Gary Sotherden went missing in the remote Alaskan wilderness during a hunting trip in 1976. Decades later, investigators have finally identified his remains, thanks to DNA testing.
In 1976, Gary Sotherden, 25, and his friend Stan made their way to the Artic Circle for an adventure of a lifetime. The duo planned to explore the Porcupine River in northeastern Alaska separately, starting on opposite sides, and agreed to meet back up in the spring.
It was the last time anyone would see Sotherden alive.
When he failed to meet up with Stan after their trip, Sotherden’s family reported him missing, embarking on a decades-long search. Now, more than 40 years later, DNA extracted from a skull found in the area where he vanished has helped investigators finally solve the mystery of what happened to Gary Sotherden.
The Porcupine River trip had been just another experience Sotherden could add to his adventure-filled resume. In an interview with the New York Times, Gary Sotherden’s brother Stephen Sotherden described Sotherden as a “free spirit.”
“He was very open,” Sotherden’s sister Ann Bunyan told Alaskan News Source. “He was very accepting of people. He was easygoing, whatever happened, happened.”
Previously, the New York native had traveled around the United States and Canada after graduating high school. He eventually picked up a job working on the Trans-Alaska Pipeline before embarking on his next — and final — adventure.
That winter, Stan, Sotherden’s partner on the hunting trip, ended up leaving the field early for medical reasons, and when the medical plane arrived to fly both Stan and Gary out, Sotherden never showed up. Stan assumed Sotherden would return after the spring season began as planned.
But spring arrived, and Sotherden did not return. Panicked, Sotherden’s family began searching for him.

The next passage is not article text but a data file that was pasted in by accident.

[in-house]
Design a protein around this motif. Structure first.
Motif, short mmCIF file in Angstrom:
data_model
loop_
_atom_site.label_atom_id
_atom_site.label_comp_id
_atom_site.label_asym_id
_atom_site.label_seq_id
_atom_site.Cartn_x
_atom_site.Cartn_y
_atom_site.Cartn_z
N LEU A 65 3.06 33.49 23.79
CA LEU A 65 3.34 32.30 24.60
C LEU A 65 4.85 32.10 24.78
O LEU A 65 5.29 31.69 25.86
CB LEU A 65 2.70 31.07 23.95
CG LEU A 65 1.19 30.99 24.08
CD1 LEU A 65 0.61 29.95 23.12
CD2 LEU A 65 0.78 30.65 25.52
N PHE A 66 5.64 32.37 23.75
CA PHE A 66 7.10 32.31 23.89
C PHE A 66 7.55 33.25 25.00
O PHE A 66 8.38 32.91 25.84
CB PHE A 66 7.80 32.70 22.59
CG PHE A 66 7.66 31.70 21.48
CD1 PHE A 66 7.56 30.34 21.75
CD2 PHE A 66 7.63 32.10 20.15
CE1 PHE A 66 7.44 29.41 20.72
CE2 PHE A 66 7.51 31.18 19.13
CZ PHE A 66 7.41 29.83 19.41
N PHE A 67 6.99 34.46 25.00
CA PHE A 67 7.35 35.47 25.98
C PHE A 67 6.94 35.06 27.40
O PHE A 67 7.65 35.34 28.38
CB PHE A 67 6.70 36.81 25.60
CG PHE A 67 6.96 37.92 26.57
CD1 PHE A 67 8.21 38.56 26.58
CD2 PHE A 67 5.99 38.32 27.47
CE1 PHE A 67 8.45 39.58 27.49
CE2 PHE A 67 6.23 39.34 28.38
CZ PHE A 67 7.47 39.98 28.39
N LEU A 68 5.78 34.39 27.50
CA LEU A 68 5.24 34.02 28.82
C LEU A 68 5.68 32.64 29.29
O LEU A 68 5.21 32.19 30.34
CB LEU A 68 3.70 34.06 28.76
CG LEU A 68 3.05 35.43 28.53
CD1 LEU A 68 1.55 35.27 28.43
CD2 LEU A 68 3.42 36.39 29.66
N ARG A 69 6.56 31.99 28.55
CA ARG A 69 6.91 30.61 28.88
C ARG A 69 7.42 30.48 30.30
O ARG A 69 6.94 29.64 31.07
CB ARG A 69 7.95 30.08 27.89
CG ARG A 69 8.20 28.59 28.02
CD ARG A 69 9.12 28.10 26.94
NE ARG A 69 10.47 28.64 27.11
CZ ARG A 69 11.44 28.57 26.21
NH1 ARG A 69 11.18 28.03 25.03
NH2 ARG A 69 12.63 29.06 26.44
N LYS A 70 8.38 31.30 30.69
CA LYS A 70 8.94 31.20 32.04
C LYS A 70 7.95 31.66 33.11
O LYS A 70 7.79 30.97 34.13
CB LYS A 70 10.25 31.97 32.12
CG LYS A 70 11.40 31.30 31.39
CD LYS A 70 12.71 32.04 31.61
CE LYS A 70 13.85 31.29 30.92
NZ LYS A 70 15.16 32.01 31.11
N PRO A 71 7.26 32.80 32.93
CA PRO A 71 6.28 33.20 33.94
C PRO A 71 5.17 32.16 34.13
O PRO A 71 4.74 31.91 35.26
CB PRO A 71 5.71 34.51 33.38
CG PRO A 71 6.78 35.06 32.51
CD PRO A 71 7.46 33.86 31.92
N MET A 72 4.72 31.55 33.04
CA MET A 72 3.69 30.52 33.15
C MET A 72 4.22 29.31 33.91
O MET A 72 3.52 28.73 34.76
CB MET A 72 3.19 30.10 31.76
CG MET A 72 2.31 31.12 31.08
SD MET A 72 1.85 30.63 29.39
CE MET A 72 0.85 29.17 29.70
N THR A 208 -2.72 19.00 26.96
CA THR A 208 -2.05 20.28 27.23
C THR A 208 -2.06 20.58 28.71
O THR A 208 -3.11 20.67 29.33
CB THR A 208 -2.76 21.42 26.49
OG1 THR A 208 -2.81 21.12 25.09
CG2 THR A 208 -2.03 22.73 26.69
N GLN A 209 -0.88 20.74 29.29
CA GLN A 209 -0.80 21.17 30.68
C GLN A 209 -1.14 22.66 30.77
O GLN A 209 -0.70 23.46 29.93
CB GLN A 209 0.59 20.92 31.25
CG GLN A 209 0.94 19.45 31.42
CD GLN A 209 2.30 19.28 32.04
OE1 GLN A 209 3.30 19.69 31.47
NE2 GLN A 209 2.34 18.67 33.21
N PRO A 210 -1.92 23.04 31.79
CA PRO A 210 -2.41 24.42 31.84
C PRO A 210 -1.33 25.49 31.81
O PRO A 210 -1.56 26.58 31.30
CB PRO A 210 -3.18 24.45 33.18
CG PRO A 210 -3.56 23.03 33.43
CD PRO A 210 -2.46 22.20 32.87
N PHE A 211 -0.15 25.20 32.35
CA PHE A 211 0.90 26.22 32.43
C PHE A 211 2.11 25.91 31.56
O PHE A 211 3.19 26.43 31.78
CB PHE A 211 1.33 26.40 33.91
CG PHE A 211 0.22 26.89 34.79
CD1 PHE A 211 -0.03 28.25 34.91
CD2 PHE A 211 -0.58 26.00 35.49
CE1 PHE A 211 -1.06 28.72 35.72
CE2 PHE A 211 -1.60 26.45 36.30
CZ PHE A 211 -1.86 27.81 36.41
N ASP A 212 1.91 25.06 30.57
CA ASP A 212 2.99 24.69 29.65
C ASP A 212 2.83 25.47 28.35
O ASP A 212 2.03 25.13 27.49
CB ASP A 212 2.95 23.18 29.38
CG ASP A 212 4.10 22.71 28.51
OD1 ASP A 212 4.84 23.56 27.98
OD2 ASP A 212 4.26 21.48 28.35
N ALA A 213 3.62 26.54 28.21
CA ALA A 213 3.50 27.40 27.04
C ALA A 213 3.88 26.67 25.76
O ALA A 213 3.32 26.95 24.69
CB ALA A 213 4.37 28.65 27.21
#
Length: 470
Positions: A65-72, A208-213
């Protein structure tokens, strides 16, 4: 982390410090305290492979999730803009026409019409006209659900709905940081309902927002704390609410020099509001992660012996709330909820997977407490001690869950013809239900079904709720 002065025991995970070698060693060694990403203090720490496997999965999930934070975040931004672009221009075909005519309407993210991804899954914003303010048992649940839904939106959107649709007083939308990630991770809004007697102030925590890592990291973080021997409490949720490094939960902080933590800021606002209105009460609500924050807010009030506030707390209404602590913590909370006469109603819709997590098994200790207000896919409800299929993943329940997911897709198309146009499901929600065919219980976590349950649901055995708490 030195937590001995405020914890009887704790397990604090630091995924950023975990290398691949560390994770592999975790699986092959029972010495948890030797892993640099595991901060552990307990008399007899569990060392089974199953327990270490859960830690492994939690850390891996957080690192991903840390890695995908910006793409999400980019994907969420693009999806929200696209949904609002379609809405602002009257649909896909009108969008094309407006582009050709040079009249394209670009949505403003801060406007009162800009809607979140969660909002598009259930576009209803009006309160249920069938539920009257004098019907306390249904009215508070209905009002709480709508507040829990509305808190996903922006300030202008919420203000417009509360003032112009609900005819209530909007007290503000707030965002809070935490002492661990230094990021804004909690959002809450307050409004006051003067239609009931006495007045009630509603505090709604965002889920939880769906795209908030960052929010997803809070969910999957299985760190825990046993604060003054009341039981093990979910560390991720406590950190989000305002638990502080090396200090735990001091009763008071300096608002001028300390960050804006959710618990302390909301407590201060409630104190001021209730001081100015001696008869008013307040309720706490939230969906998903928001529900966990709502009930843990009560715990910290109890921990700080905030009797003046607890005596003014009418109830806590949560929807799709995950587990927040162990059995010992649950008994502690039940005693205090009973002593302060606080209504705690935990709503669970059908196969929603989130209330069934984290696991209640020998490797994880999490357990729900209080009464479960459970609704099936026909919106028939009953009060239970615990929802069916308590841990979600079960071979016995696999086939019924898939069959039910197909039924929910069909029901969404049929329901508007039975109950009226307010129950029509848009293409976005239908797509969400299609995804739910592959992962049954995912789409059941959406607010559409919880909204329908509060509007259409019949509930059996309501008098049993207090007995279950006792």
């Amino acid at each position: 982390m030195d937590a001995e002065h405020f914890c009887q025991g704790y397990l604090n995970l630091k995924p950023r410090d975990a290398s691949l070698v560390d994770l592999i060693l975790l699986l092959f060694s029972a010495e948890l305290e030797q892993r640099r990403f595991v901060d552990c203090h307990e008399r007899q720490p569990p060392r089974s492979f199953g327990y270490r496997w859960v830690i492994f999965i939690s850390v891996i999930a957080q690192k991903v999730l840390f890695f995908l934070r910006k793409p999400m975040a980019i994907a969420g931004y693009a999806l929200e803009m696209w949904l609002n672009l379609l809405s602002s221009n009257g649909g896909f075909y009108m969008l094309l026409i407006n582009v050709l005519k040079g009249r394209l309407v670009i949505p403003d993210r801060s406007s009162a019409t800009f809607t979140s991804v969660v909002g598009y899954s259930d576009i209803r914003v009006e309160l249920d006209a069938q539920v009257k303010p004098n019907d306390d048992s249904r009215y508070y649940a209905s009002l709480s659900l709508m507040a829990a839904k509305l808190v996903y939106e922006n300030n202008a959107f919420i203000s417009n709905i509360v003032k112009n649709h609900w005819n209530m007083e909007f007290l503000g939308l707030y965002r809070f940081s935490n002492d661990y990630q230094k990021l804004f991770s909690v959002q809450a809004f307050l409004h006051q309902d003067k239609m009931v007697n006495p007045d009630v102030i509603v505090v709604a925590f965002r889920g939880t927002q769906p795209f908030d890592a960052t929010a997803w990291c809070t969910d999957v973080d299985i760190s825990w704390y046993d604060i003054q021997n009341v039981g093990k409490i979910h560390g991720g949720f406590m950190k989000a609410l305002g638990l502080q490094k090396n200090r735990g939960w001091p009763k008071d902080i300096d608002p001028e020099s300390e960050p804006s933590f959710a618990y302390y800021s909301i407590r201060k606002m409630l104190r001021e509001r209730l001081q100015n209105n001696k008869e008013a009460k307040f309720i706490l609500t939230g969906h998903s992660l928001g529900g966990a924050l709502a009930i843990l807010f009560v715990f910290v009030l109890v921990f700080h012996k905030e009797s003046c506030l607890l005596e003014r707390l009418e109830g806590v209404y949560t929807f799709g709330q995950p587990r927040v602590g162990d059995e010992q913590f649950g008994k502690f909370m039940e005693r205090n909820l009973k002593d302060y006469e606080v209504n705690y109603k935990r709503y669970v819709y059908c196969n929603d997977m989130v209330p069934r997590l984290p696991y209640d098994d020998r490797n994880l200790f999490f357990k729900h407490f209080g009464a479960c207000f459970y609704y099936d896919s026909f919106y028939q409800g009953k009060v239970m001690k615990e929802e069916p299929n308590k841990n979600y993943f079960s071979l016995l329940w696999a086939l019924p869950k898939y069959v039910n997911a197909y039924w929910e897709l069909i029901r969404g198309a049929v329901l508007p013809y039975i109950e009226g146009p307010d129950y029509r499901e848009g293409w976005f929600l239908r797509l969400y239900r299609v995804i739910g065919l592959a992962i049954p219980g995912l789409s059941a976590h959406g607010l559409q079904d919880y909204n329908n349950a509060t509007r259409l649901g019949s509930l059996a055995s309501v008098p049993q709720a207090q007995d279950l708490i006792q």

“I mean, we couldn’t understand — we never believed that Gary would not call us,” Bunyan said to Alaskan News Source. “So he must have been dead.”
The family paid a friend of Sotherden’s to canoe up the Porcupine River and search for any sign of him. According to Alaskan News Source, the friend found Sotherden’s campsite, his wallet, and his glasses, but little else. Efforts by police, aerial searches in the area, and mountain rescue team missions were all fruitless. Gary Sotherden had simply disappeared.
In 1997, Alaska State Troopers in Fairbanks received a call from a hunter reporting the discovery of a human skull near Porcupine River. According to a Alaska Department of Public Safety press release, state troopers arrived on scene and collected the skull. Unfortunately, they were unable to locate any other remains.
The skull was sent to the State Medical Examiner’s Office for testing, and while investigators were unable to identify to whom the skull belonged, they were able to determine that a bear mauling was the likely cause of death. After testing concluded, authorities made few developments in the case over the next 25 years.
In 2022, investigators found a renewed interest in the case after hearing about the use of genealogical DNA testing to solve other cases.
In April 2022, investigators were able to extract DNA from the skull and use online genealogy websites to link it to Sotherden’s second cousin, tentatively suggesting the remains were Sotherden’s. But to confirm their suspicions, they needed the DNA of a closer relative.
In December, Stephen Sotherden received a call from Alaskan State Troopers requesting permission to compare the skull’s DNA to his own. Stephen quickly agreed, and within days investigators were able to use samples Stephen had submitted to the at-home genetic testing service 23andMe to confirm their theory: The skull belonged to Gary Sotherden.
While the Sotherden family is happy to have answers about Sotherden’s disappearance, the brutality of his death has been hard to deal with.
“We’ve been working on it for 45 years, and it’s nice that things came to a conclusion,” Stephen said in his interview with the New York Times. “It was a little more brutal than I was hoping for.”
Sotherden’s remains are being sent to his family, who plan to hold a memorial for Sotherden this spring.
While Sotherden’s death has taken an emotional toll on the Sotherden family, Bunyan noted while speaking to Alaskan News Source that he had died doing what he loved.
“That’s the way Gary was,” she said. “That’s the life he chose. And not that he chose his death, but he chose a life where that was a possibility. So we just have to allow him to have chosen what he wanted.”
After reading about Gary Sotherden’s identification using genetic DNA testing, read about how the same testing method identified the sadistic Golden State Killer after 40 years. Then, read about how DNA testing only deepened the mystery of four-year-old Bobby Dunbar’s abduction 90 years later.